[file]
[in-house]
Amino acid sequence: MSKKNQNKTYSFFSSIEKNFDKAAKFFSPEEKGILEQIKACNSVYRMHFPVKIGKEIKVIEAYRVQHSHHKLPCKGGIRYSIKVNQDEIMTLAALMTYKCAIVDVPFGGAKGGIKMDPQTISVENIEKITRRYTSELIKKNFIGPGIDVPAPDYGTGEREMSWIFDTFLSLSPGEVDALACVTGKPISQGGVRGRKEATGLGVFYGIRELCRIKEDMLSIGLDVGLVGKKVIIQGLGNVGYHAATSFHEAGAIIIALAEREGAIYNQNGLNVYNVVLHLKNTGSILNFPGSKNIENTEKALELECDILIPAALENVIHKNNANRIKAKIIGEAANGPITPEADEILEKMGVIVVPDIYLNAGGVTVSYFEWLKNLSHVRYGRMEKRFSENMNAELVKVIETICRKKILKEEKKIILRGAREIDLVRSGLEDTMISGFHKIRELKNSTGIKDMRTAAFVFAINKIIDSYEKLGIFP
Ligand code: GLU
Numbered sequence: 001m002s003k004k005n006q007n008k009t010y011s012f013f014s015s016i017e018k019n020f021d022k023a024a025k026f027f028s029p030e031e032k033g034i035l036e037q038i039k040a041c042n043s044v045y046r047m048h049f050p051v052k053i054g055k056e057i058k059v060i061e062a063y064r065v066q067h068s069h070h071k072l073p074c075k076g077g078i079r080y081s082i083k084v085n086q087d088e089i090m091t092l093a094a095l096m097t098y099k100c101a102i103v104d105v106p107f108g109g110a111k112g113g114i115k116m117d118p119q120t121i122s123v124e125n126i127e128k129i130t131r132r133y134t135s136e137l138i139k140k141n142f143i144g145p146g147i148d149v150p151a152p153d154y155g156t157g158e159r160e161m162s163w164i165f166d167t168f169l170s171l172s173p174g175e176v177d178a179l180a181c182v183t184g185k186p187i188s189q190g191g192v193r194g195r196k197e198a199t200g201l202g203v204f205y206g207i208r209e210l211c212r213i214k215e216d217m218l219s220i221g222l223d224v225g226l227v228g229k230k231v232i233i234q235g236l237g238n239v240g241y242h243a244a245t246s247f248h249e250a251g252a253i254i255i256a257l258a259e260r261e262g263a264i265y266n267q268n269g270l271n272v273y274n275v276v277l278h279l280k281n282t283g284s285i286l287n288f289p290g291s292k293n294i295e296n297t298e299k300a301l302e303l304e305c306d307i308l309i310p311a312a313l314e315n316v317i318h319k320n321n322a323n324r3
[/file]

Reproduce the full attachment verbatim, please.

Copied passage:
[in-house]
Amino acid sequence: MSKKNQNKTYSFFSSIEKNFDKAAKFFSPEEKGILEQIKACNSVYRMHFPVKIGKEIKVIEAYRVQHSHHKLPCKGGIRYSIKVNQDEIMTLAALMTYKCAIVDVPFGGAKGGIKMDPQTISVENIEKITRRYTSELIKKNFIGPGIDVPAPDYGTGEREMSWIFDTFLSLSPGEVDALACVTGKPISQGGVRGRKEATGLGVFYGIRELCRIKEDMLSIGLDVGLVGKKVIIQGLGNVGYHAATSFHEAGAIIIALAEREGAIYNQNGLNVYNVVLHLKNTGSILNFPGSKNIENTEKALELECDILIPAALENVIHKNNANRIKAKIIGEAANGPITPEADEILEKMGVIVVPDIYLNAGGVTVSYFEWLKNLSHVRYGRMEKRFSENMNAELVKVIETICRKKILKEEKKIILRGAREIDLVRSGLEDTMISGFHKIRELKNSTGIKDMRTAAFVFAINKIIDSYEKLGIFP
Ligand code: GLU
Numbered sequence: 001m002s003k004k005n006q007n008k009t010y011s012f013f014s015s016i017e018k019n020f021d022k023a024a025k026f027f028s029p030e031e032k033g034i035l036e037q038i039k040a041c042n043s044v045y046r047m048h049f050p051v052k053i054g055k056e057i058k059v060i061e062a063y064r065v066q067h068s069h070h071k072l073p074c075k076g077g078i079r080y081s082i083k084v085n086q087d088e089i090m091t092l093a094a095l096m097t098y099k100c101a102i103v104d105v106p107f108g109g110a111k112g113g114i115k116m117d118p119q120t121i122s123v124e125n126i127e128k129i130t131r132r133y134t135s136e137l138i139k140k141n142f143i144g145p146g147i148d149v150p151a152p153d154y155g156t157g158e159r160e161m162s163w164i165f166d167t168f169l170s171l172s173p174g175e176v177d178a179l180a181c182v183t184g185k186p187i188s189q190g191g192v193r194g195r196k197e198a199t200g201l202g203v204f205y206g207i208r209e210l211c212r213i214k215e216d217m218l219s220i221g222l223d224v225g226l227v228g229k230k231v232i233i234q235g236l237g238n239v240g241y242h243a244a245t246s247f248h249e250a251g252a253i254i255i256a257l258a259e260r261e262g263a264i265y266n267q268n269g270l271n272v273y274n275v276v277l278h279l280k281n282t283g284s285i286l287n288f289p290g291s292k293n294i295e296n297t298e299k300a301l302e303l304e305c306d307i308l309i310p311a312a313l314e315n316v317i318h319k320n321n322a323n324r3